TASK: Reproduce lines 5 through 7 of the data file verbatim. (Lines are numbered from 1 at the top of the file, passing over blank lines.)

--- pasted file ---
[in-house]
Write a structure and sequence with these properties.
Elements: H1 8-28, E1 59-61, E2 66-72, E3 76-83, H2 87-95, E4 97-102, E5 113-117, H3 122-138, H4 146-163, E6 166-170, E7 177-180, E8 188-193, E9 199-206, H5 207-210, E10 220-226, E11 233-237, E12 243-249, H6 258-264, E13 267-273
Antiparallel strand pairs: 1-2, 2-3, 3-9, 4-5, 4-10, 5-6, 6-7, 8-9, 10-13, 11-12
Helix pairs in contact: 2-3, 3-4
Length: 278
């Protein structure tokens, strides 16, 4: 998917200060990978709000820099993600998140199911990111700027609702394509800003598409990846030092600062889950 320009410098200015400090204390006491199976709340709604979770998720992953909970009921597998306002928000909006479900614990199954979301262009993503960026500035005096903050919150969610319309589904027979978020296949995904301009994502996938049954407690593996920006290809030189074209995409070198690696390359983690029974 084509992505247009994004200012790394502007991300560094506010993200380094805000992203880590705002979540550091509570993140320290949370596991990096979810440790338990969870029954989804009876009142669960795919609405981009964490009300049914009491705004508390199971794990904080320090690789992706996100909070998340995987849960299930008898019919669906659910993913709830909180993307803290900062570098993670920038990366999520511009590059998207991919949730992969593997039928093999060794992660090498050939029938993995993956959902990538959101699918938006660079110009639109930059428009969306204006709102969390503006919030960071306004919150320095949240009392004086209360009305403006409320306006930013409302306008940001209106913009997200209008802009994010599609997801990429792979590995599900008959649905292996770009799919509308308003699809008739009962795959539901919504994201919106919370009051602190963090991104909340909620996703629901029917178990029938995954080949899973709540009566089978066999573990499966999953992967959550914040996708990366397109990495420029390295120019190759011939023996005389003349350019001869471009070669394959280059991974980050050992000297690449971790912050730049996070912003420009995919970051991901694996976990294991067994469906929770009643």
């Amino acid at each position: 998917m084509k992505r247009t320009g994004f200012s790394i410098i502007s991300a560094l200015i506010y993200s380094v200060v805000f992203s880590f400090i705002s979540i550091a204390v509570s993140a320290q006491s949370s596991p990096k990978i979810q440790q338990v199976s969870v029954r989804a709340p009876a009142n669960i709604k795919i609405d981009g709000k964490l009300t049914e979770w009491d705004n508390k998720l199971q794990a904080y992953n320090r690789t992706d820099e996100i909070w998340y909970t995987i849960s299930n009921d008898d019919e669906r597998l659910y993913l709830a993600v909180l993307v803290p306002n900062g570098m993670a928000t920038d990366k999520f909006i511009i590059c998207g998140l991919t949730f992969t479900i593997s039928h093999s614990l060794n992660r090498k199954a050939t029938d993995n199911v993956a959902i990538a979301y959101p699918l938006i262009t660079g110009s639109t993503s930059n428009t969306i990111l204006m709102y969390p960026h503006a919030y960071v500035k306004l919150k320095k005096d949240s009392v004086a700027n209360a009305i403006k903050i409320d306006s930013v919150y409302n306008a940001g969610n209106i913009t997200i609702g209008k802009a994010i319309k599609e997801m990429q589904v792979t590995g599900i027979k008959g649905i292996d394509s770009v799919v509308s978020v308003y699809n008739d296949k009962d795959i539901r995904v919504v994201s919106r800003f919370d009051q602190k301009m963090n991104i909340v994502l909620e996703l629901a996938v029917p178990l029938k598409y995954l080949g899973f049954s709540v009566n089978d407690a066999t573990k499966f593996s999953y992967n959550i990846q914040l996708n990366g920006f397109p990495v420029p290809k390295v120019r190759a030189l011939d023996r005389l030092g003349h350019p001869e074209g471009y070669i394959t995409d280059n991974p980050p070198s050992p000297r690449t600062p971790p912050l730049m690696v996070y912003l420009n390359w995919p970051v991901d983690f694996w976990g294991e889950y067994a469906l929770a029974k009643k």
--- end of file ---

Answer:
Helix pairs in contact: 2-3, 3-4
Length: 278
């Protein structure tokens, strides 16, 4: 998917200060990978709000820099993600998140199911990111700027609702394509800003598409990846030092600062889950 320009410098200015400090204390006491199976709340709604979770998720992953909970009921597998306002928000909006479900614990199954979301262009993503960026500035005096903050919150969610319309589904027979978020296949995904301009994502996938049954407690593996920006290809030189074209995409070198690696390359983690029974 084509992505247009994004200012790394502007991300560094506010993200380094805000992203880590705002979540550091509570993140320290949370596991990096979810440790338990969870029954989804009876009142669960795919609405981009964490009300049914009491705004508390199971794990904080320090690789992706996100909070998340995987849960299930008898019919669906659910993913709830909180993307803290900062570098993670920038990366999520511009590059998207991919949730992969593997039928093999060794992660090498050939029938993995993956959902990538959101699918938006660079110009639109930059428009969306204006709102969390503006919030960071306004919150320095949240009392004086209360009305403006409320306006930013409302306008940001209106913009997200209008802009994010599609997801990429792979590995599900008959649905292996770009799919509308308003699809008739009962795959539901919504994201919106919370009051602190963090991104909340909620996703629901029917178990029938995954080949899973709540009566089978066999573990499966999953992967959550914040996708990366397109990495420029390295120019190759011939023996005389003349350019001869471009070669394959280059991974980050050992000297690449971790912050730049996070912003420009995919970051991901694996976990294991067994469906929770009643």